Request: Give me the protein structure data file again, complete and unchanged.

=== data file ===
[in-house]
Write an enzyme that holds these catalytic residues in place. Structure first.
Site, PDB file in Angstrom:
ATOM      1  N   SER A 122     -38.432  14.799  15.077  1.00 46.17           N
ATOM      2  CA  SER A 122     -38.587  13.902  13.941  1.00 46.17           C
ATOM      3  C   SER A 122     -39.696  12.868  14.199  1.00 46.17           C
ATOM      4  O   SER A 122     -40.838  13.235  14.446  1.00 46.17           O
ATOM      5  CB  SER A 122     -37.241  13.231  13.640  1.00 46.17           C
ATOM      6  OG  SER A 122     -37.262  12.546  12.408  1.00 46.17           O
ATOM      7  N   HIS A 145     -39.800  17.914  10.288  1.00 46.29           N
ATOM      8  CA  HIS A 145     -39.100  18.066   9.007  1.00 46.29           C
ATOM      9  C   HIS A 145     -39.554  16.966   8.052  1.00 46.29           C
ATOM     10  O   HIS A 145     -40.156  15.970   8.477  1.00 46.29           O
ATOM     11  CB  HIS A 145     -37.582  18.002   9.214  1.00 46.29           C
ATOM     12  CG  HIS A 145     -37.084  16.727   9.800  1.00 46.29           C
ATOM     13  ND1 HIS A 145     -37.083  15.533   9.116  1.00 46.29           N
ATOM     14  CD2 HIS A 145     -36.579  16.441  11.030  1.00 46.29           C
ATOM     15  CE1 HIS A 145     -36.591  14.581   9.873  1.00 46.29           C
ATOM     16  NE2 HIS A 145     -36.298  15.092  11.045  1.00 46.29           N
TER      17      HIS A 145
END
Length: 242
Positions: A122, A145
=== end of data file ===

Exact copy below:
[in-house]
Write an enzyme that holds these catalytic residues in place. Structure first.
Site, PDB file in Angstrom:
ATOM      1  N   SER A 122     -38.432  14.799  15.077  1.00 46.17           N
ATOM      2  CA  SER A 122     -38.587  13.902  13.941  1.00 46.17           C
ATOM      3  C   SER A 122     -39.696  12.868  14.199  1.00 46.17           C
ATOM      4  O   SER A 122     -40.838  13.235  14.446  1.00 46.17           O
ATOM      5  CB  SER A 122     -37.241  13.231  13.640  1.00 46.17           C
ATOM      6  OG  SER A 122     -37.262  12.546  12.408  1.00 46.17           O
ATOM      7  N   HIS A 145     -39.800  17.914  10.288  1.00 46.29           N
ATOM      8  CA  HIS A 145     -39.100  18.066   9.007  1.00 46.29           C
ATOM      9  C   HIS A 145     -39.554  16.966   8.052  1.00 46.29           C
ATOM     10  O   HIS A 145     -40.156  15.970   8.477  1.00 46.29           O
ATOM     11  CB  HIS A 145     -37.582  18.002   9.214  1.00 46.29           C
ATOM     12  CG  HIS A 145     -37.084  16.727   9.800  1.00 46.29           C
ATOM     13  ND1 HIS A 145     -37.083  15.533   9.116  1.00 46.29           N
ATOM     14  CD2 HIS A 145     -36.579  16.441  11.030  1.00 46.29           C
ATOM     15  CE1 HIS A 145     -36.591  14.581   9.873  1.00 46.29           C
ATOM     16  NE2 HIS A 145     -36.298  15.092  11.045  1.00 46.29           N
TER      17      HIS A 145
END
Length: 242
Positions: A122, A145